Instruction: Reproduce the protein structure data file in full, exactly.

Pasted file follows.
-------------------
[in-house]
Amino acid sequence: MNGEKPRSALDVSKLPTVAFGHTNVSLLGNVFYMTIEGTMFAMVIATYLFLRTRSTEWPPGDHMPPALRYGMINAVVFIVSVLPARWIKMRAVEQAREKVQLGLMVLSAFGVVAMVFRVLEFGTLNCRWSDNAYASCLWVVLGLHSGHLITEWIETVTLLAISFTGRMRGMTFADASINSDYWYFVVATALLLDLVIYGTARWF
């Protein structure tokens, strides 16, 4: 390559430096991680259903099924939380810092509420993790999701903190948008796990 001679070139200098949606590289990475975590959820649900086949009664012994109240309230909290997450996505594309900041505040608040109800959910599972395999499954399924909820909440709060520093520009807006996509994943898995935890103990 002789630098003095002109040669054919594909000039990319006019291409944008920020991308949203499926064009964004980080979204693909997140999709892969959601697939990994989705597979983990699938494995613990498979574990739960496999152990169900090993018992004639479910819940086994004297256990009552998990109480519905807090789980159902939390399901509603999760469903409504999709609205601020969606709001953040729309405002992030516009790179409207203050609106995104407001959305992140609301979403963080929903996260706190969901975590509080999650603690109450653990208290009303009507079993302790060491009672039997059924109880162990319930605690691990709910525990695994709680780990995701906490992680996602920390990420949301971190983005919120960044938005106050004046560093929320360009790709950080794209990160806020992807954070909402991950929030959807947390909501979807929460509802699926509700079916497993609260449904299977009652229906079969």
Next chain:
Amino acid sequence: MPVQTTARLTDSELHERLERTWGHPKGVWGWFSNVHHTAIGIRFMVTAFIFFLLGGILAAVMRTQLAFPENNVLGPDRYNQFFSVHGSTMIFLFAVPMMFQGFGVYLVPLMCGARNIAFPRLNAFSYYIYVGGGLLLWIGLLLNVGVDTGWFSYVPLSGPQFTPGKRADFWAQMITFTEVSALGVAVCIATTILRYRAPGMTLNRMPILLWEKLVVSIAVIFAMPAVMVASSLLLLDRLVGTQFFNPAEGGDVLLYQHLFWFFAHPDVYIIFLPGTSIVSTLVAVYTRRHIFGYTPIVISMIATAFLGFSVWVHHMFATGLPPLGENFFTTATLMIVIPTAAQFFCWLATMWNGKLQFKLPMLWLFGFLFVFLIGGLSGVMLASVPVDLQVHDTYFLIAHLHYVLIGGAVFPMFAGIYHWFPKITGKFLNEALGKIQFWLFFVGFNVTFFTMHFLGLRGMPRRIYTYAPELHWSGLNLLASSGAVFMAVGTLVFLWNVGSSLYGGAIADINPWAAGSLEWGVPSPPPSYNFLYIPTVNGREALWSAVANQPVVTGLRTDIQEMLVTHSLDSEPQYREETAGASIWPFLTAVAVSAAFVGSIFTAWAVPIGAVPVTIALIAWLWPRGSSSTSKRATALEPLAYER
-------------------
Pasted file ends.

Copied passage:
[in-house]
Amino acid sequence: MNGEKPRSALDVSKLPTVAFGHTNVSLLGNVFYMTIEGTMFAMVIATYLFLRTRSTEWPPGDHMPPALRYGMINAVVFIVSVLPARWIKMRAVEQAREKVQLGLMVLSAFGVVAMVFRVLEFGTLNCRWSDNAYASCLWVVLGLHSGHLITEWIETVTLLAISFTGRMRGMTFADASINSDYWYFVVATALLLDLVIYGTARWF
């Protein structure tokens, strides 16, 4: 390559430096991680259903099924939380810092509420993790999701903190948008796990 001679070139200098949606590289990475975590959820649900086949009664012994109240309230909290997450996505594309900041505040608040109800959910599972395999499954399924909820909440709060520093520009807006996509994943898995935890103990 002789630098003095002109040669054919594909000039990319006019291409944008920020991308949203499926064009964004980080979204693909997140999709892969959601697939990994989705597979983990699938494995613990498979574990739960496999152990169900090993018992004639479910819940086994004297256990009552998990109480519905807090789980159902939390399901509603999760469903409504999709609205601020969606709001953040729309405002992030516009790179409207203050609106995104407001959305992140609301979403963080929903996260706190969901975590509080999650603690109450653990208290009303009507079993302790060491009672039997059924109880162990319930605690691990709910525990695994709680780990995701906490992680996602920390990420949301971190983005919120960044938005106050004046560093929320360009790709950080794209990160806020992807954070909402991950929030959807947390909501979807929460509802699926509700079916497993609260449904299977009652229906079969």
Next chain:
Amino acid sequence: MPVQTTARLTDSELHERLERTWGHPKGVWGWFSNVHHTAIGIRFMVTAFIFFLLGGILAAVMRTQLAFPENNVLGPDRYNQFFSVHGSTMIFLFAVPMMFQGFGVYLVPLMCGARNIAFPRLNAFSYYIYVGGGLLLWIGLLLNVGVDTGWFSYVPLSGPQFTPGKRADFWAQMITFTEVSALGVAVCIATTILRYRAPGMTLNRMPILLWEKLVVSIAVIFAMPAVMVASSLLLLDRLVGTQFFNPAEGGDVLLYQHLFWFFAHPDVYIIFLPGTSIVSTLVAVYTRRHIFGYTPIVISMIATAFLGFSVWVHHMFATGLPPLGENFFTTATLMIVIPTAAQFFCWLATMWNGKLQFKLPMLWLFGFLFVFLIGGLSGVMLASVPVDLQVHDTYFLIAHLHYVLIGGAVFPMFAGIYHWFPKITGKFLNEALGKIQFWLFFVGFNVTFFTMHFLGLRGMPRRIYTYAPELHWSGLNLLASSGAVFMAVGTLVFLWNVGSSLYGGAIADINPWAAGSLEWGVPSPPPSYNFLYIPTVNGREALWSAVANQPVVTGLRTDIQEMLVTHSLDSEPQYREETAGASIWPFLTAVAVSAAFVGSIFTAWAVPIGAVPVTIALIAWLWPRGSSSTSKRATALEPLAYER